- Packing errors were not a major issue.
- There was some concern about tomato transport issues. Tomato handling is a significant source of discussion for us this winter, as (a) storage in the cold World Harvest walk-in is less than ideal, and (b) the bags don’t always provide enough cushioning/protection for these valuable but tender items during transport & delivery. We welcome brainstorms on how to better handle this.
Herbs are a major source of discussion for us, as we perceive our highly diverse customizable offerings as a significant extra value for members, especially compared to other area CSAs, but they’re also a lot of work on packing morning, when the value of our time is at a premium. We wanted to know more about the value members attached to herbs. Among other things, we asked members to estimate what percentage of their weekly herb bundles (generally 2 for singles, 4 for fulls) were used fresh, preserved, or went unused. The results show that herbs are valued and used very differently within our membership (each column below is an individual response):
- Members were split between whether herbs are a significant additional value or just another item in the shares.
- When asked about the size of individual bundles, 50% answered about right, 33% highly variable, 17% too big.
- Herbs seem to be a challenge for a number of members to use properly, whether because of a lack of interest, a lack of skill/knowledge, or a lack of time.
- Positive comments:
– The herbs are so good and a great value. The quality and quantity are excellent and something that sets your CSA above all others.
– We like the variety, and they really add flavor to our cooking.
– We would be so busy trying to use the fresh produce that sometimes the herbs were underutilized.– Still learning how to use them fresh, and learning which herbs keep well, vs spoil quickly
– I love the herbs I get but what’s happened in the past is I try to get things I’ve never heard of before and then forget what they are by the time I get the share. So then I end up not using them or drying them…and still don’t know what they are.
- We’re hoping to get more information about herb identification & herb use up on the website this winter. We welcome input on ways to modify the herb distribution system to keep members with diverse habits in herb use happy.
We asked about members’ opinions of various CSA features, things that we consider part of the overall paid value along with the specific produce:
- Again, how we manage our land scores really high, along with our diversity and customization. People value the way we run the farm, and the products/service they receive.
- More community-oriented features like newsletters and events score much lower. This is an interesting challenge for all CSA farms, which depend in part on the “community supported” part of that acronym to keep members engaged in their food supply and respectful/understanding of how that food is produced.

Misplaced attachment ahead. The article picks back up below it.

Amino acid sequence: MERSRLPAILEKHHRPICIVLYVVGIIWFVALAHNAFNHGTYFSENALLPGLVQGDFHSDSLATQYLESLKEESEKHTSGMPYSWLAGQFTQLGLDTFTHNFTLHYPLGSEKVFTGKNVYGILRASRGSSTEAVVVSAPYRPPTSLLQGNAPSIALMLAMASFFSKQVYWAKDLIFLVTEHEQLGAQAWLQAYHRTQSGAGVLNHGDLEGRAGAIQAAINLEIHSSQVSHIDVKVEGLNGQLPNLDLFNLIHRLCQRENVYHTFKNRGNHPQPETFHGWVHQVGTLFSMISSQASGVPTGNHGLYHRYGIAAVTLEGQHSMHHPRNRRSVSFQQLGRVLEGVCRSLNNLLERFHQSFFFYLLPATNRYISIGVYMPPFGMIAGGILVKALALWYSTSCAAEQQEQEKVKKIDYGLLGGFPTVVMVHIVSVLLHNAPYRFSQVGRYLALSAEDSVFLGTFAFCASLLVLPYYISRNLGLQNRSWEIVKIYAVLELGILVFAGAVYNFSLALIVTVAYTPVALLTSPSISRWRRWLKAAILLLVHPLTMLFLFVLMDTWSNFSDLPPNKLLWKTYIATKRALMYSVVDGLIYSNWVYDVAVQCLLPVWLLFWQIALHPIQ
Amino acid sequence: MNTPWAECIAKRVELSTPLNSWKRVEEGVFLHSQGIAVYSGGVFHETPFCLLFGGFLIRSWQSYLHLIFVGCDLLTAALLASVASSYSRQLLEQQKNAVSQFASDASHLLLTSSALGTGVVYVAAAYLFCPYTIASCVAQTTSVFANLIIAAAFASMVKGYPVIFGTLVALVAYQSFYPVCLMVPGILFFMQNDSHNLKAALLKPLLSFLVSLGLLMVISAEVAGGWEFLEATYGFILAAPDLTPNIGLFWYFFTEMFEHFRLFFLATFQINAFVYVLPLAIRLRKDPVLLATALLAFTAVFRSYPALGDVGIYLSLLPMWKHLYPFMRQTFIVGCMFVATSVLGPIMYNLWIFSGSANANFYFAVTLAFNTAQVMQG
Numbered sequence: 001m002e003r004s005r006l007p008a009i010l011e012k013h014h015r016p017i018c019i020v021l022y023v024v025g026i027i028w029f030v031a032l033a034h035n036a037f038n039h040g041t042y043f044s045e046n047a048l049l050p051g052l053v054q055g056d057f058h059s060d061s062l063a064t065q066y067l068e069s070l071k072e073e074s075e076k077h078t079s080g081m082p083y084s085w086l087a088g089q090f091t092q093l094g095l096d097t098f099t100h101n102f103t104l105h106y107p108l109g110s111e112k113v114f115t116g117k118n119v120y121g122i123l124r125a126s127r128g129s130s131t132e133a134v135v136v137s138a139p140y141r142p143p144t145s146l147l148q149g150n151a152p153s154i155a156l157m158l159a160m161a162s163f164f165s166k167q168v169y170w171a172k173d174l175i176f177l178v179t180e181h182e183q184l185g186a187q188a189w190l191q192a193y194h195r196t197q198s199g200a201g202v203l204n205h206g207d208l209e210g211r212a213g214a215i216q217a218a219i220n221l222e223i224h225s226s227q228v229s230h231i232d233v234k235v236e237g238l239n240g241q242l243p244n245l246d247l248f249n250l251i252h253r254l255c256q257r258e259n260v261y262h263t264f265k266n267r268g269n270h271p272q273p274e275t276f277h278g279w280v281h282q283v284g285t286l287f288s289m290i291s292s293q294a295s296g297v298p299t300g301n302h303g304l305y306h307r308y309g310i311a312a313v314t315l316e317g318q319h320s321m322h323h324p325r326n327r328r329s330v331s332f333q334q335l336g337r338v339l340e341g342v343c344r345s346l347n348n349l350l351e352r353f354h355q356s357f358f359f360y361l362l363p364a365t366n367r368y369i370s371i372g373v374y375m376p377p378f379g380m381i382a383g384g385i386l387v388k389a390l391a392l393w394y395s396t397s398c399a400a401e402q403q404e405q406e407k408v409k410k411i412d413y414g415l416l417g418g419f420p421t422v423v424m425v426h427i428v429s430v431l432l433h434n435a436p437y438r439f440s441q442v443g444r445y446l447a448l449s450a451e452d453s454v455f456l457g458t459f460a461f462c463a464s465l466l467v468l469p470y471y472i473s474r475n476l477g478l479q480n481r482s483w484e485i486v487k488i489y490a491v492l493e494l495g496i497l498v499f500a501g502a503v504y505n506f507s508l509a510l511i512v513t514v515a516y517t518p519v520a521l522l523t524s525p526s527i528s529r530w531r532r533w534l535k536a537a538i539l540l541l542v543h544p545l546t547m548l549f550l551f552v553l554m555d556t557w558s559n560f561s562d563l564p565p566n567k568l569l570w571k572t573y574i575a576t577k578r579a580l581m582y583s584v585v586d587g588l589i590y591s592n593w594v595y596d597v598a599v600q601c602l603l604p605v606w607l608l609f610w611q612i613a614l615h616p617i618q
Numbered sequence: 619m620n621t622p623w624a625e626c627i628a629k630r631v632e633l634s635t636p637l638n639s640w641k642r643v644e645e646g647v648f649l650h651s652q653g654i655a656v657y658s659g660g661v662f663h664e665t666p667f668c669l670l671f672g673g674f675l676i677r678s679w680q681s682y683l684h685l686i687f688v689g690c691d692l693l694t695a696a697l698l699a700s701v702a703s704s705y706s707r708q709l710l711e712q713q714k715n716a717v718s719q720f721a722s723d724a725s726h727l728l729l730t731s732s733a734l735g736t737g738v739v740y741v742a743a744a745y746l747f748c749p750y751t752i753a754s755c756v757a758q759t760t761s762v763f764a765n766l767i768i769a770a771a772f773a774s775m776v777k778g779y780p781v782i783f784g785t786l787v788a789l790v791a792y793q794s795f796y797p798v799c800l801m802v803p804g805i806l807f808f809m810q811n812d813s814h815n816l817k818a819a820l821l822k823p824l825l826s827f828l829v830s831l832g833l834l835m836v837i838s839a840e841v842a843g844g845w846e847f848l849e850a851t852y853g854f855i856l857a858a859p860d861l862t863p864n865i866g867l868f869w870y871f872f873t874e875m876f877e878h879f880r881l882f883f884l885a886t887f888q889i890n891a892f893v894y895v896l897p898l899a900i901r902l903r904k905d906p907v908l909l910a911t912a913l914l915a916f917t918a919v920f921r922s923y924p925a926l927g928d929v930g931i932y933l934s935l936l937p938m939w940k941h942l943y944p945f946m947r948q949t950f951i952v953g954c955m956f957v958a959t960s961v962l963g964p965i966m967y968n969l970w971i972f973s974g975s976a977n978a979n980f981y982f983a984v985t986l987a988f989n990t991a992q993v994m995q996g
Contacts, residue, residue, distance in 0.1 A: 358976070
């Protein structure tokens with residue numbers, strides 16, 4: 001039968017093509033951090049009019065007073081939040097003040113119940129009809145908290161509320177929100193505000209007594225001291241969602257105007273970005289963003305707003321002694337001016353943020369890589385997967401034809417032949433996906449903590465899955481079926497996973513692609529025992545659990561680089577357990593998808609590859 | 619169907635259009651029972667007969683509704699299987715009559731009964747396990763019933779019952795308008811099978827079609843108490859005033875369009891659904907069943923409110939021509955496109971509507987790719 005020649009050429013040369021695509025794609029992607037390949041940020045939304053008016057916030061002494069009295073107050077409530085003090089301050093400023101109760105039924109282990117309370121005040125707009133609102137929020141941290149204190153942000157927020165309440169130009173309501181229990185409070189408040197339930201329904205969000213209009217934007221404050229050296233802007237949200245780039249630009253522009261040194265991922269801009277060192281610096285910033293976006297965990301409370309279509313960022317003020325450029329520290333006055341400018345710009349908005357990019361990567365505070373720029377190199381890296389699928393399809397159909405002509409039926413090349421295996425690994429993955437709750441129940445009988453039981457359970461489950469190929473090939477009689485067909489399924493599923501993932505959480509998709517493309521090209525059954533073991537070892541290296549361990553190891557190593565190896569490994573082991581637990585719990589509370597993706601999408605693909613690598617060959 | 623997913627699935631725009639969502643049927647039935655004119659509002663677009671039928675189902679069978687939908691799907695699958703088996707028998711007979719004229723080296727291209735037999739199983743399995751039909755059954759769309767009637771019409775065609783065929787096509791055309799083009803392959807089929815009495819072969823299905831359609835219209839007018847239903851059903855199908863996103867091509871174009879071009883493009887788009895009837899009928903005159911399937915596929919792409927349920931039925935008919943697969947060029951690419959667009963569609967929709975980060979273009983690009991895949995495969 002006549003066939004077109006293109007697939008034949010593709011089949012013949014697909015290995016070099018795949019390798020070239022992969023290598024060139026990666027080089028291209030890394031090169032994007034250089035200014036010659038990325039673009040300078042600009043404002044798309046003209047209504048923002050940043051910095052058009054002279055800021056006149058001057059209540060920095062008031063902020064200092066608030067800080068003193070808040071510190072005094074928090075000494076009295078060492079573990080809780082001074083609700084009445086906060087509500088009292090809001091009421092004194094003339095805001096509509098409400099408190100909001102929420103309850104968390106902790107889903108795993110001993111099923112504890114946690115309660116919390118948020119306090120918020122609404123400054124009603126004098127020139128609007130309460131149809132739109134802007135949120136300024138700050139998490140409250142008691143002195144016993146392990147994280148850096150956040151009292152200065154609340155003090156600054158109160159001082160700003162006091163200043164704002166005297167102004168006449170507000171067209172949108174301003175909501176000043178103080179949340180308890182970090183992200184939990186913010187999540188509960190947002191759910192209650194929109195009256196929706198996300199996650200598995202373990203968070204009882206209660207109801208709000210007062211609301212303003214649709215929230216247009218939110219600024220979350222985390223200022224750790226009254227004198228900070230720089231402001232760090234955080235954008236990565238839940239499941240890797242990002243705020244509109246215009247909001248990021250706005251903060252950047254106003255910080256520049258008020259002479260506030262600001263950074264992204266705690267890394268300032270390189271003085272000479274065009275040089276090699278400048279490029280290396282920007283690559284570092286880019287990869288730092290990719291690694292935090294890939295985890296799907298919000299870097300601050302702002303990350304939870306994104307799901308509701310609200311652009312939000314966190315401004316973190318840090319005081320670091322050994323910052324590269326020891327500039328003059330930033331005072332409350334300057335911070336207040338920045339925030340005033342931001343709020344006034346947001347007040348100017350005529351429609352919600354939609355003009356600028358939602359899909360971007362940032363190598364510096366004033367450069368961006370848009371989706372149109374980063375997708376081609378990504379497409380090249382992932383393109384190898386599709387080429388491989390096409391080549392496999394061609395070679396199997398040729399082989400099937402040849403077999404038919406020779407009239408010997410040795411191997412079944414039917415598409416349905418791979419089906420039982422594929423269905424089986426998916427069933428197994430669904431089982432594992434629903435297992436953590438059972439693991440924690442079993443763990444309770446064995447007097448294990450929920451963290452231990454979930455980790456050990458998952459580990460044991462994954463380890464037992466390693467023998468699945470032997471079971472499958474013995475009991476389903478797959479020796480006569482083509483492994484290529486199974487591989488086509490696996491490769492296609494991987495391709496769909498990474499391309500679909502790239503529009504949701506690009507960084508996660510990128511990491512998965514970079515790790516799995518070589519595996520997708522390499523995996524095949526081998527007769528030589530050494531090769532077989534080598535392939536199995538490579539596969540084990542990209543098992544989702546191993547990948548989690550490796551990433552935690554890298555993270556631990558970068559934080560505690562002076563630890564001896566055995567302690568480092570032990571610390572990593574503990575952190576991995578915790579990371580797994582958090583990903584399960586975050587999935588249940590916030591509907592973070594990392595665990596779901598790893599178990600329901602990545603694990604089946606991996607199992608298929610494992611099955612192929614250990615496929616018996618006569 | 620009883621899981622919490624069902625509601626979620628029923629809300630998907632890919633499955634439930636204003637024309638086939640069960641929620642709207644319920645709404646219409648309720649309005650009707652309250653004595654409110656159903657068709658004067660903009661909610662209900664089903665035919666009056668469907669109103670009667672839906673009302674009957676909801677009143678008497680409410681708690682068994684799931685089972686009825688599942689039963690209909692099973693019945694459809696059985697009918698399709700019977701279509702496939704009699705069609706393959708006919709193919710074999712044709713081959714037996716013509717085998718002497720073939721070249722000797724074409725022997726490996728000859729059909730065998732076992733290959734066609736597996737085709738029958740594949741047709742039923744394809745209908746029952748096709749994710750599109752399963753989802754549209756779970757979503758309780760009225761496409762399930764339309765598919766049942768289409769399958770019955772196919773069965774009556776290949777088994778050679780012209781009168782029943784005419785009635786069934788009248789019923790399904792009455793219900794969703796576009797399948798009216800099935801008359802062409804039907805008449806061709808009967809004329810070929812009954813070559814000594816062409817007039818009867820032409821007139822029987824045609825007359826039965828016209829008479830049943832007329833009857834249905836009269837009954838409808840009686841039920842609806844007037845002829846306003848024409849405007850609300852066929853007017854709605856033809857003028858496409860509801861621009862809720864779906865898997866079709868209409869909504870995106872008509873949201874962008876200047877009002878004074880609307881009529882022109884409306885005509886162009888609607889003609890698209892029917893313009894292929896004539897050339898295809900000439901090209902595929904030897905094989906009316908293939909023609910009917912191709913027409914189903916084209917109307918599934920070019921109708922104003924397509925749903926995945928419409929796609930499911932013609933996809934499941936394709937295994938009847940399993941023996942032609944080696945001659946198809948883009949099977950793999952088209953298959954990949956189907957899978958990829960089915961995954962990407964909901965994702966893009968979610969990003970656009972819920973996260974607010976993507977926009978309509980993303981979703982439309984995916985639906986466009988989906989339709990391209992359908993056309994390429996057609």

– We asked about newsletter reading habits and got a highly diverse reaction: pretty evenly split between folks who generally read & value it and those who skim or skip it and don’t value it.
– We asked about on-farm events and got similarly split results, including many who like the concept of events but didn’t/couldn’t find time to take part.
- The problem we face is, newsletters and events are highly time-consuming, but if we cut them back, we lose our best way to build and retain the community loyalty a farm like ours relies on. How do we engage and retain members if our current ways of doing so are seen as less valuable or worthwhile? This challenge of building a CSA community is one that is common to CSAs, not just ours, but it is a challenge nonetheless. We think the connections are important, and we enjoy spending time with members, so we will press forward with looking for effective yet time efficient ways to do so. Thoughts and suggestions are always welcome.
WORLD HARVEST DELIVERIES
- People love the in-store experience & friendly staff; multiple comments communicated this sentiment.
- Some expressed concern about certain items like tomatoes in the cold walk-in; we’re aware of this and considering how to handle it.
- Some expressed desire for more timely notification of share arrival there; we’re thinking about ways to do this. Twitter is an option.
- The location isn’t convenient for everyone, but it’s the only regular drop-off location we’re comfortable with right now.
We’re strongly considering dropping our organic certification, due to the rising costs and hassles of a bureaucracy that offers us little value in return. When asked about this, members overwhelmingly supported/accepted this potential decision, stating that methods mattered more. Representative quotes: